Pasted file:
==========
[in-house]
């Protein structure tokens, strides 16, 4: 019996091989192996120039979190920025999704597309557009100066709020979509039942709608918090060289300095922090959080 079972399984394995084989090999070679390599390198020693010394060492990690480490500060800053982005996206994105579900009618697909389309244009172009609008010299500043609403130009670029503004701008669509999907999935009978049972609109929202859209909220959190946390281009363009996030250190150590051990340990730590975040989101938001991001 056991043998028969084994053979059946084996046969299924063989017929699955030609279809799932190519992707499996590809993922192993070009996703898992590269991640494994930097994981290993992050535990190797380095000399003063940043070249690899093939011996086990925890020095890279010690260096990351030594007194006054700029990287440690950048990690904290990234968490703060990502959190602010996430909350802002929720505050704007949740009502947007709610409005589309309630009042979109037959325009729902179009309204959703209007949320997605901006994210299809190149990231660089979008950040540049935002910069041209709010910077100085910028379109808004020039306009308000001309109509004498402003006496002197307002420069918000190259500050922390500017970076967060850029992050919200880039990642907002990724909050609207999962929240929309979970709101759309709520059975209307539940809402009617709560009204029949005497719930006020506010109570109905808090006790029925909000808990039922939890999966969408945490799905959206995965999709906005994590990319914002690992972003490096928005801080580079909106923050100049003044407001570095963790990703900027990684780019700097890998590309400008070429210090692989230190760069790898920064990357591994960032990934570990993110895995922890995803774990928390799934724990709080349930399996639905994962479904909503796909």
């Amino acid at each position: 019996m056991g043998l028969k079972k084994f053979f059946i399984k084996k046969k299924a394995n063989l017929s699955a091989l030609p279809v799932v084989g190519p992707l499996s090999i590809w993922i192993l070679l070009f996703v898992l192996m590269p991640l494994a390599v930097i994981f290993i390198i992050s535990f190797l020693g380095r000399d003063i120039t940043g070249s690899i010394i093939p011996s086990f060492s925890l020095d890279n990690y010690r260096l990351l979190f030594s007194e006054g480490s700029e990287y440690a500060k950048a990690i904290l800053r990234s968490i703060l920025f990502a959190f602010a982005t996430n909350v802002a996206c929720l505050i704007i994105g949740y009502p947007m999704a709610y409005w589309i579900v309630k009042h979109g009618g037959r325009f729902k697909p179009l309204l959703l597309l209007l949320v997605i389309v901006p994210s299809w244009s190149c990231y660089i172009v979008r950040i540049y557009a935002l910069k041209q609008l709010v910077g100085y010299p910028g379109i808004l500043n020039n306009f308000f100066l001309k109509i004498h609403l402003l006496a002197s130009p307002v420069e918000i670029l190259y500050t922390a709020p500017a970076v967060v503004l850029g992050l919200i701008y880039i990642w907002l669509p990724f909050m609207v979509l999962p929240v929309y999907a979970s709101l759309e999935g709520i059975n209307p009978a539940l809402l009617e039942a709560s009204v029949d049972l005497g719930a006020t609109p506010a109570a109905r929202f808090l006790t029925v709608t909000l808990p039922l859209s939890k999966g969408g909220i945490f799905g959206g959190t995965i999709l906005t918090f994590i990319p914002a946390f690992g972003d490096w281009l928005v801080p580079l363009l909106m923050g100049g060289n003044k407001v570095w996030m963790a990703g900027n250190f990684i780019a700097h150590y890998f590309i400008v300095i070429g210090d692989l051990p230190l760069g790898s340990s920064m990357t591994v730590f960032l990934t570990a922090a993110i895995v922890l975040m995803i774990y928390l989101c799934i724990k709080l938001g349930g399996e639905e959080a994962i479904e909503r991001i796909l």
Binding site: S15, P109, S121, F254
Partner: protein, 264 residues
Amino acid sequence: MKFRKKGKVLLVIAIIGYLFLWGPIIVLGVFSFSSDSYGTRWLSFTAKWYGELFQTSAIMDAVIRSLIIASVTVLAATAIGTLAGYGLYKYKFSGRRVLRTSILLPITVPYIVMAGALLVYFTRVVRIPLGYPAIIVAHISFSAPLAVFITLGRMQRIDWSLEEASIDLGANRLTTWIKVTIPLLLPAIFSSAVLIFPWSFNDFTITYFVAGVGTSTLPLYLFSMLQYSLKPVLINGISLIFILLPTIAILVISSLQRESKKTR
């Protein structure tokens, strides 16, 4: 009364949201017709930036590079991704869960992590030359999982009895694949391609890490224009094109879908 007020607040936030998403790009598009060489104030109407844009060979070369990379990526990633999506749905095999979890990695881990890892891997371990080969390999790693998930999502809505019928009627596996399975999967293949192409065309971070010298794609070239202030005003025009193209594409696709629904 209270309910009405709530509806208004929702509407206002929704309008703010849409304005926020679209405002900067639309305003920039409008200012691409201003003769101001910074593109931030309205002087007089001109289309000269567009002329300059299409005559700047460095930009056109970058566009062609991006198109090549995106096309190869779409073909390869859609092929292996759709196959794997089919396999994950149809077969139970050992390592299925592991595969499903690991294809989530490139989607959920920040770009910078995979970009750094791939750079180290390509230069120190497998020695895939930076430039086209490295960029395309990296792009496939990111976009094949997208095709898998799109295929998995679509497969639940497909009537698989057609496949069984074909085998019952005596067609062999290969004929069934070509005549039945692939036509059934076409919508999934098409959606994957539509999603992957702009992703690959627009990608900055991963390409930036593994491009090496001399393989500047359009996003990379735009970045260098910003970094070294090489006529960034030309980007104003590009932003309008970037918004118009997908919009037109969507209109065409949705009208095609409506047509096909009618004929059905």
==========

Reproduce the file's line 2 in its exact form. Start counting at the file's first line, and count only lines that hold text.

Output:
């Protein structure tokens, strides 16, 4: 019996091989192996120039979190920025999704597309557009100066709020979509039942709608918090060289300095922090959080 079972399984394995084989090999070679390599390198020693010394060492990690480490500060800053982005996206994105579900009618697909389309244009172009609008010299500043609403130009670029503004701008669509999907999935009978049972609109929202859209909220959190946390281009363009996030250190150590051990340990730590975040989101938001991001 056991043998028969084994053979059946084996046969299924063989017929699955030609279809799932190519992707499996590809993922192993070009996703898992590269991640494994930097994981290993992050535990190797380095000399003063940043070249690899093939011996086990925890020095890279010690260096990351030594007194006054700029990287440690950048990690904290990234968490703060990502959190602010996430909350802002929720505050704007949740009502947007709610409005589309309630009042979109037959325009729902179009309204959703209007949320997605901006994210299809190149990231660089979008950040540049935002910069041209709010910077100085910028379109808004020039306009308000001309109509004498402003006496002197307002420069918000190259500050922390500017970076967060850029992050919200880039990642907002990724909050609207999962929240929309979970709101759309709520059975209307539940809402009617709560009204029949005497719930006020506010109570109905808090006790029925909000808990039922939890999966969408945490799905959206995965999709906005994590990319914002690992972003490096928005801080580079909106923050100049003044407001570095963790990703900027990684780019700097890998590309400008070429210090692989230190760069790898920064990357591994960032990934570990993110895995922890995803774990928390799934724990709080349930399996639905994962479904909503796909």